quick solutions to common style sheet problems
Style sheets take all the slog out of designing the appearance of your web pages. No more fiddling with the code in a multitude of pages: just fix the font size, the line spacing, the page width or the size of headings in one file, the style sheet, and that will apply across your whole site. This is a guide to what is possible using the latest specification (2.1) of style sheets, written by Christopher Schmitt – one of the endless number of expert authors O’Reilly manage to locate.
It’s aimed at people who want to make a start with style sheets, or who are grappling with their problems and need quick fix solutions. It assumes you know the basics of web design using standard HTML markup, but he does keep the relationship between the two clearly in mind:
As a design language, CSS is focused on presentation, which includes helping web developers control the layout of their pages. HTML tables and other elements, on the other hand, are tools you use to mark up content. The ideal is to have HTML represent the structure of the content as an intellectual abstract level and CSS say how to present it for a particular device.
The presentation couldn’t be simpler. First a problem is specified (You want to indent the first line of a paragraph) and then he shows the CSS code to achieve it, followed by an illustrative screen shot. There’s an explanation of how and why it works as it does, and there are web links to online tutorials and official specifications directly related to that topic.
Each chapter considers one element of a web page that style sheets can control – the font, the page, links, lists, forms, tables, and how to create print-friendly pages.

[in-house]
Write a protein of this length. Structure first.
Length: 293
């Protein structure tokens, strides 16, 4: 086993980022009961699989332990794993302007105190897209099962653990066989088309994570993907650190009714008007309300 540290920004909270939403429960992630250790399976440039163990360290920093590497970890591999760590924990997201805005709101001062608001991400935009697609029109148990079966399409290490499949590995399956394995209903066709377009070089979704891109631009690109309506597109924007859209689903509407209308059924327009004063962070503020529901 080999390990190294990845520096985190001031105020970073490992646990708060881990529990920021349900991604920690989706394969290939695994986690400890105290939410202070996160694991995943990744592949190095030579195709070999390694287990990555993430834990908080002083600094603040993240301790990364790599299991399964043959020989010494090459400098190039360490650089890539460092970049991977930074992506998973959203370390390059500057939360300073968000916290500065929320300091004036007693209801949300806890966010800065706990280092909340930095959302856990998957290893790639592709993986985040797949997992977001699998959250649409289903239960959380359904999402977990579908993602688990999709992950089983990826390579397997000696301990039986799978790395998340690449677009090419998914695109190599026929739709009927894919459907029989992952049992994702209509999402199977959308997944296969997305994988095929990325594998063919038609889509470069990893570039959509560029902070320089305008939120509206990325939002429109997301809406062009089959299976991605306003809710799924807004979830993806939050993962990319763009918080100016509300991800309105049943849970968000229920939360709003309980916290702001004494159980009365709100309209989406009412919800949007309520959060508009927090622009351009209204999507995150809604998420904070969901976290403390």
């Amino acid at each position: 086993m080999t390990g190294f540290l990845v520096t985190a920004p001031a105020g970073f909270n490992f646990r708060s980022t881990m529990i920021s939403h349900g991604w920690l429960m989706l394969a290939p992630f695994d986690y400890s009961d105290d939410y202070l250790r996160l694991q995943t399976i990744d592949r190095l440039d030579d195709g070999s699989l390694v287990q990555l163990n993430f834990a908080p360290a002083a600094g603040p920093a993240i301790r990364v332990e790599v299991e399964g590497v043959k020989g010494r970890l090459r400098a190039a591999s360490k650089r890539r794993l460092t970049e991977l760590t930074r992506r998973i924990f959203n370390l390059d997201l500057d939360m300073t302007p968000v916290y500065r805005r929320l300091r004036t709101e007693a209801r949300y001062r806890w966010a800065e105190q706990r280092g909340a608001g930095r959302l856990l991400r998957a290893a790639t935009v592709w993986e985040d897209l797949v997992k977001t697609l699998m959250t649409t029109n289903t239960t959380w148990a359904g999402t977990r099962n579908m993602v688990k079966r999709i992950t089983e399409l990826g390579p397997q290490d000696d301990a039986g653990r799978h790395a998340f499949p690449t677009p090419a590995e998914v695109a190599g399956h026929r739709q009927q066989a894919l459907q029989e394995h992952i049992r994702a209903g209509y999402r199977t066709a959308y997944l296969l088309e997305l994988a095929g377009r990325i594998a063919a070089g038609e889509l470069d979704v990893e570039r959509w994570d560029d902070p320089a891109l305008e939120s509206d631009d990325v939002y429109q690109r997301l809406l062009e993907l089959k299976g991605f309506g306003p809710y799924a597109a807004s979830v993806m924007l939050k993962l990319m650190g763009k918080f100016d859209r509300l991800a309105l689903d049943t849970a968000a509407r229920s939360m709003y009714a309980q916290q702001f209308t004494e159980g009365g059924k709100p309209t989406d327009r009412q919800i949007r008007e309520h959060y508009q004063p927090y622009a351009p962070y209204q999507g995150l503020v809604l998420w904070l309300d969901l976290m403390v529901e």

He shows some of the new effects possible with the latest CSS version 2.1 – creating collapsible menus and tabbed folders, designing forms without using tables, controlling the appearance of content held within table cells, and creating multi-column pages holding the content in place with the very useful float property.
One of the hardest parts of learning about style sheets so far as I am concerned is the language in which it is expressed. It’s a pity there’s so much abstract terminology. Even at intermediate level it’s difficult to grasp immediately statements such as this:
Because these properties aren’t passed to child block-level elements, you don’t have to write additional rules to counter the visual effects that would occur if they were passed.
He finishes with some nifty tips, tricks, and workarounds. How to create a print-friendly style sheet for instance. This removes all the decoration and navigational graphics from a web page to produce something that is comfortably readable when printed out. All this without changing one bit of the page markup.
There’s also a useful appendix listing discussion groups, web resources, downloadable software, and ready-made CSS templates. Like everything else in this book, these take you quickly to solve problems of design.
The latest edition of this book is a hugely enlarged resource – more than double the size of the first. It’s been expanded to include much more information for CSS learners, explaining topics that range from basic web typography and page layout to techniques for formatting lists, forms, and tables. For more advanced users it has also been updated to take into account the behaviour of CSS in the latest versions of web browsers, including Internet Explorer 7, plus Firefox and Opera. You can’t get much more up to date than this.
© Roy Johnson 2009
Christopher Schmitt, CSS Cookbook, Sebastopol, CA: O’Reilly, third edition, 2009, pp.736, ISBN: 059615593X